Distributed Denial of Service (DDoS) threats have become more sophisticated, frequent, and larger. Internet resilience can come down to a fraction of a second. When the Internet goes down, organizations that rely on that service go down with it. DDoS attacks are considered one of the most serious threats to Internet availability today. Downtime or latency can significantly
impact brand reputation, customer trust and revenue.
Explore this report which lists some interesting observations from DDoS attacks against Corero customers in 2019, as well as comparisons against previous years.
While a global survey shows overall excitement over 5G cellular communication, the US has been slower to get on board, according to Atomik Research.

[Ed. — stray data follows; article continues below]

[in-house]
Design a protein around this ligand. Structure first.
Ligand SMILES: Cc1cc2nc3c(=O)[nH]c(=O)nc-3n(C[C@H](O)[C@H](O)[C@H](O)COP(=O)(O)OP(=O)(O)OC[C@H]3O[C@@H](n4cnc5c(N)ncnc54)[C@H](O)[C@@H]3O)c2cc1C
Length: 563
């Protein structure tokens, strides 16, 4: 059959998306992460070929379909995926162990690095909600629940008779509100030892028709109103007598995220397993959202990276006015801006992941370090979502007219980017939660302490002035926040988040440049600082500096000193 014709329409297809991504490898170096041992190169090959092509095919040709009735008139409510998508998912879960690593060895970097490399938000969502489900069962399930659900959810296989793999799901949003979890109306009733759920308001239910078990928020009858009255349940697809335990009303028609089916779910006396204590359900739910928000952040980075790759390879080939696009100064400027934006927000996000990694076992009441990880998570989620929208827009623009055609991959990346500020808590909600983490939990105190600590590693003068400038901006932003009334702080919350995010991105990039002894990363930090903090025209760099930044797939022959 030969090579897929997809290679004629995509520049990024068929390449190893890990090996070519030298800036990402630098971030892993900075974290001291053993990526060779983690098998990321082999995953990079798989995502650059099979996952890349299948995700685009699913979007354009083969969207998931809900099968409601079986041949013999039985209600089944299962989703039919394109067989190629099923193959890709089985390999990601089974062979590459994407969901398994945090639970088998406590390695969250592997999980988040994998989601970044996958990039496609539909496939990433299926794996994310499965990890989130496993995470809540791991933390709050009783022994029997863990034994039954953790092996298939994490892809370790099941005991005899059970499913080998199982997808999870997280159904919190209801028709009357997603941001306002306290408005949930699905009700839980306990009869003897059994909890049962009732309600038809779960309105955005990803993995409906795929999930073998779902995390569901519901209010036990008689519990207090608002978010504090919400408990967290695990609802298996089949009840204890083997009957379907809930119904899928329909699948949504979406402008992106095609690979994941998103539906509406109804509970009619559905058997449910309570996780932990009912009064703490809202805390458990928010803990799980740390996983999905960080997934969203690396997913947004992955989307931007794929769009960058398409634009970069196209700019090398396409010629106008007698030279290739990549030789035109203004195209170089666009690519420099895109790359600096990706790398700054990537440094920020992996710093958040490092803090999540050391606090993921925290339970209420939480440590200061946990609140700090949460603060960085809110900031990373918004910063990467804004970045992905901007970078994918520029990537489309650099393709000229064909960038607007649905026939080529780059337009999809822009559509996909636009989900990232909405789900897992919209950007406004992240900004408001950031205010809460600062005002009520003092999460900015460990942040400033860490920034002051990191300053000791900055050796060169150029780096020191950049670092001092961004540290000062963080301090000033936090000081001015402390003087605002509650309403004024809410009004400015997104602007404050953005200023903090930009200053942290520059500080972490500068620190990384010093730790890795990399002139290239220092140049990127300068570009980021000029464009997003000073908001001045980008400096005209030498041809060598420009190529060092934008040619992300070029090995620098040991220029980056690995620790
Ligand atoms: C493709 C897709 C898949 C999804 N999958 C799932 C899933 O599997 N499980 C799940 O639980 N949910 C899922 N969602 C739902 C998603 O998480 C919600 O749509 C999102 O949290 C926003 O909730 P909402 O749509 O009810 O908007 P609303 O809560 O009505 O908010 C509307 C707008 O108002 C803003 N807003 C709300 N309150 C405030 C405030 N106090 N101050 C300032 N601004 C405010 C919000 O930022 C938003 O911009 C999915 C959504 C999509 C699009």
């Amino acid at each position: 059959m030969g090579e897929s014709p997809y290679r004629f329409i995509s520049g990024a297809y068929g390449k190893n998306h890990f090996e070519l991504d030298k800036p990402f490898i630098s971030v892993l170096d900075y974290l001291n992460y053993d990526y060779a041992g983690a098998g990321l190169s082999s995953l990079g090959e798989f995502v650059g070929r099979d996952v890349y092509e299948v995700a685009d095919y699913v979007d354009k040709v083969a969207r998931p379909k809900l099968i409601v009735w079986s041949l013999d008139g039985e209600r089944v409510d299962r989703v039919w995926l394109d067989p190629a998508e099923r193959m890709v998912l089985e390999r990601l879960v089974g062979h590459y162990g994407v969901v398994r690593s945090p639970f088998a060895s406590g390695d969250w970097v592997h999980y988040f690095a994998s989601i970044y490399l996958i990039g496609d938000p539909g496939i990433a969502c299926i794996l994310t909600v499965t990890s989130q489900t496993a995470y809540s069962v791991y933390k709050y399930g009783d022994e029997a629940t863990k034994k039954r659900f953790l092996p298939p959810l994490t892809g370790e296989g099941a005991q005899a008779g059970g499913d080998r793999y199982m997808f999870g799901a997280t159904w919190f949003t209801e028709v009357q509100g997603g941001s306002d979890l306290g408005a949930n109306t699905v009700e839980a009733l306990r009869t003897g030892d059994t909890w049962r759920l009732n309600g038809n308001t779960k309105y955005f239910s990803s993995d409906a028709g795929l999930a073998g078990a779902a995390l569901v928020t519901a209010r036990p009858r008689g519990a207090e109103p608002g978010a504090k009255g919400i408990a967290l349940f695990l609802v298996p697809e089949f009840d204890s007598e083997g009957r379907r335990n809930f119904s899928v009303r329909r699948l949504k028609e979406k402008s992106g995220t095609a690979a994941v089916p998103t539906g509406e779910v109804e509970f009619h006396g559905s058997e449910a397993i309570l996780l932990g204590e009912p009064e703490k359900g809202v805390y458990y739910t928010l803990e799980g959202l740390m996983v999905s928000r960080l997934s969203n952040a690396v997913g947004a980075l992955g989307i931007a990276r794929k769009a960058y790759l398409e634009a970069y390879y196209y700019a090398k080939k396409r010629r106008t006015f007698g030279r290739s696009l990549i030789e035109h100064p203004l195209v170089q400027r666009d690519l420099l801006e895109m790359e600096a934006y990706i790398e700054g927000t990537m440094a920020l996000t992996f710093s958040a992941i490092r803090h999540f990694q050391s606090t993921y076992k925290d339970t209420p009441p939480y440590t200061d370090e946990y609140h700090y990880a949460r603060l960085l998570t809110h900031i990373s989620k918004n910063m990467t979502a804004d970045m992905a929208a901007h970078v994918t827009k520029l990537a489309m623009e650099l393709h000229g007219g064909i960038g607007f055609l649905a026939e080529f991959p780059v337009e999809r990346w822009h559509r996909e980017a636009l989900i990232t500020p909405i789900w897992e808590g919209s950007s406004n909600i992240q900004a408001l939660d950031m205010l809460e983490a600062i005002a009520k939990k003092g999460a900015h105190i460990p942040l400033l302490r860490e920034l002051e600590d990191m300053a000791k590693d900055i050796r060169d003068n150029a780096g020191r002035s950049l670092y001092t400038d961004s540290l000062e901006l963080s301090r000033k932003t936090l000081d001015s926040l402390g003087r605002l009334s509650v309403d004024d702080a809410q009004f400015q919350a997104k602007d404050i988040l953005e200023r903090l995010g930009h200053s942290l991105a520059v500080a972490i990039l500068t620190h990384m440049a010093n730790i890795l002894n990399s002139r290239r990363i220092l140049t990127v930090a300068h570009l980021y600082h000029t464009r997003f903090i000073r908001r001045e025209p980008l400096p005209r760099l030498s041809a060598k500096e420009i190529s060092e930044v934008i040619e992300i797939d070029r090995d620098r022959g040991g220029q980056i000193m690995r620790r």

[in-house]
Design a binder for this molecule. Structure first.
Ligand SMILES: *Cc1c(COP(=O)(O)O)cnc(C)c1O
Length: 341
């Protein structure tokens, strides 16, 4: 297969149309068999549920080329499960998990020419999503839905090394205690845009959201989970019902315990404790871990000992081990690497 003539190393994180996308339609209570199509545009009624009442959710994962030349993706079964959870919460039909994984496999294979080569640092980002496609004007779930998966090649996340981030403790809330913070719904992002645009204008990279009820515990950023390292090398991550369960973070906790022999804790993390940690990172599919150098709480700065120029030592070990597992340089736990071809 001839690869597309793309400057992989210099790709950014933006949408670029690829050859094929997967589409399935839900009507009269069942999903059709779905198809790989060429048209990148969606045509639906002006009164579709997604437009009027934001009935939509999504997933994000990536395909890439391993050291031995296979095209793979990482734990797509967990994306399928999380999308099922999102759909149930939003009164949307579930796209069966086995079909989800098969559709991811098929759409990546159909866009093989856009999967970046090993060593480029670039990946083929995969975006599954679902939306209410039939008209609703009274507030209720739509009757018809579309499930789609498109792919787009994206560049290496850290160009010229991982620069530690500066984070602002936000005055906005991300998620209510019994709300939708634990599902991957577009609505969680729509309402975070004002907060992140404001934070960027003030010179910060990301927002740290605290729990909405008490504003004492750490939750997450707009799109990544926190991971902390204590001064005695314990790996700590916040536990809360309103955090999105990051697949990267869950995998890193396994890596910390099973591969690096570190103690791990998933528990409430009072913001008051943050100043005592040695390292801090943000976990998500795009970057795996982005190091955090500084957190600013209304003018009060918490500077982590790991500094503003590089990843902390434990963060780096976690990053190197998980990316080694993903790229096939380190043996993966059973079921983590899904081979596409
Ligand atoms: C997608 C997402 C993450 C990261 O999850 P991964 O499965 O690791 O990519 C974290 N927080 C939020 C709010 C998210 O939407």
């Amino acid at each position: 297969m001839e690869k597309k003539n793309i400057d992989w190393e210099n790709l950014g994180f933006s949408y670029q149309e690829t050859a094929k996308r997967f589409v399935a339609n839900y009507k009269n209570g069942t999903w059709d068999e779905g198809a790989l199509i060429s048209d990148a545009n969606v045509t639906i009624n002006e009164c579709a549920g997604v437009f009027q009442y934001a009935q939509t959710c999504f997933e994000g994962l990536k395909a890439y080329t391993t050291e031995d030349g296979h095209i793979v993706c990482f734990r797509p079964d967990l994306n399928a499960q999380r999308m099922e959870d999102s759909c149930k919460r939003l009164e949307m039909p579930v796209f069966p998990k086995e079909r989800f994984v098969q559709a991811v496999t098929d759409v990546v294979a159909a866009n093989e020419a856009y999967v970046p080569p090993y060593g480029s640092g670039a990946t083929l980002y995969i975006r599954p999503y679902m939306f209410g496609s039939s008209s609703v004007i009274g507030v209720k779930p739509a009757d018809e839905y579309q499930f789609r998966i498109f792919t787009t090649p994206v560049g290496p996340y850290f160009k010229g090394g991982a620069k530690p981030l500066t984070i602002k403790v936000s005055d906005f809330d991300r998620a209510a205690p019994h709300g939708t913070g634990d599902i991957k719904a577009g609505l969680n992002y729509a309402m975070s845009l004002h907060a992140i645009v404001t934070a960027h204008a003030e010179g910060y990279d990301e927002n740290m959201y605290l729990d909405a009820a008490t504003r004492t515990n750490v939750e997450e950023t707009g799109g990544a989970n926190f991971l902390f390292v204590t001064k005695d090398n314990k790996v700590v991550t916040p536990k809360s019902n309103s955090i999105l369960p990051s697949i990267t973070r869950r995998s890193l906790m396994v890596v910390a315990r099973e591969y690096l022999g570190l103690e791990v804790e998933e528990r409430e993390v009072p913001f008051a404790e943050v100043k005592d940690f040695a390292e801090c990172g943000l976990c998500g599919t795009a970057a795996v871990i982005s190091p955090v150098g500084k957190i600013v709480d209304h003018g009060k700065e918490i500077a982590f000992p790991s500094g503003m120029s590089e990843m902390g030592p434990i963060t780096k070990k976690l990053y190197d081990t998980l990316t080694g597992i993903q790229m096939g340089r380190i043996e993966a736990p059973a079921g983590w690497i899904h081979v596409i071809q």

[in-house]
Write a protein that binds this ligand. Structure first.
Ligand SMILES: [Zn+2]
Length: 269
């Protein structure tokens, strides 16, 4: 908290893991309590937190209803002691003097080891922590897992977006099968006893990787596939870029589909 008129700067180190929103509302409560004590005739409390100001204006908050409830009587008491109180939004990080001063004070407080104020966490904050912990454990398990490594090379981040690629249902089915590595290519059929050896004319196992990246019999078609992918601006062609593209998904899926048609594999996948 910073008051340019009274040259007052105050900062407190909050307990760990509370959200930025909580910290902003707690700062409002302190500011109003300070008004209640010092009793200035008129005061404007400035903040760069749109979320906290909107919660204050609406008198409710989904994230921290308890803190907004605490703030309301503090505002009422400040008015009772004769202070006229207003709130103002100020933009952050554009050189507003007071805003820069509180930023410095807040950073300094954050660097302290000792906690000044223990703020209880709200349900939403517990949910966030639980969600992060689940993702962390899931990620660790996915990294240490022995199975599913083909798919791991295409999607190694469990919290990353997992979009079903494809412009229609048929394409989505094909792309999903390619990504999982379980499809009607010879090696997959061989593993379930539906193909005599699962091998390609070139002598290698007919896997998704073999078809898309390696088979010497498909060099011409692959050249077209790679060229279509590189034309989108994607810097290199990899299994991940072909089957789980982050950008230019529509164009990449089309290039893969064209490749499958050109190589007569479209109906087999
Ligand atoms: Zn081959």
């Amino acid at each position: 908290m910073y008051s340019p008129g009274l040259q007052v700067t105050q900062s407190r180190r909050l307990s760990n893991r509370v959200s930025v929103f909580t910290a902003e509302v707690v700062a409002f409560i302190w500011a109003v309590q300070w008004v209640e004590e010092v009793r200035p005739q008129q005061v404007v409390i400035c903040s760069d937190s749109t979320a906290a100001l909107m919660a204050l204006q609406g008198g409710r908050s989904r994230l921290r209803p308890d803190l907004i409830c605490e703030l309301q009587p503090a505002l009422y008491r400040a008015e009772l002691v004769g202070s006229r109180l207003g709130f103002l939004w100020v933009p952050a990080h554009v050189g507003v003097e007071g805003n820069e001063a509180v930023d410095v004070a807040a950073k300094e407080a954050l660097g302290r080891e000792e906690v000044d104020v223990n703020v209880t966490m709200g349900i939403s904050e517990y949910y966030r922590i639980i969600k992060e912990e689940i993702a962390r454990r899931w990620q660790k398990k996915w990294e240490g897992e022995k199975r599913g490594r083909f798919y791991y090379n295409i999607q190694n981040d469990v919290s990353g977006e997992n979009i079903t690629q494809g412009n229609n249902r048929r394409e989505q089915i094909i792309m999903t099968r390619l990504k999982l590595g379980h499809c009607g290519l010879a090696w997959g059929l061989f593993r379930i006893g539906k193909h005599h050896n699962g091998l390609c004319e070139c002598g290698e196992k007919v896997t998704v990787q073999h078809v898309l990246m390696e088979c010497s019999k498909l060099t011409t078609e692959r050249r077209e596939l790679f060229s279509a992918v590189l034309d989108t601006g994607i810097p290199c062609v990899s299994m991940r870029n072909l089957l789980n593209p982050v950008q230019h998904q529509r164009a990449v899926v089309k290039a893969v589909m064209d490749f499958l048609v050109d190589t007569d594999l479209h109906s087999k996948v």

As the coronavirus pandemic has forced businesses to shift operations from the physical to virtual world, the demand for strong connectivity has never been more critical. A recent survey from Ericsson found that 5G subscriptions were predicted to reach 190 million by the end of the year –– and by 2025, they’re expected to hit 2.8 billion.
A new survey released on Tuesday from Atomik Research confirms that the hype around 5G should be taken seriously. The survey, conducted from March 10-13, looked at the global attitudes of more than 16,000 adults –– from the UK, US, France, Sweden, Japan, India, China, Germany, Austria, and Switzerland –– around the development of 5G, and what it means for the enterprise.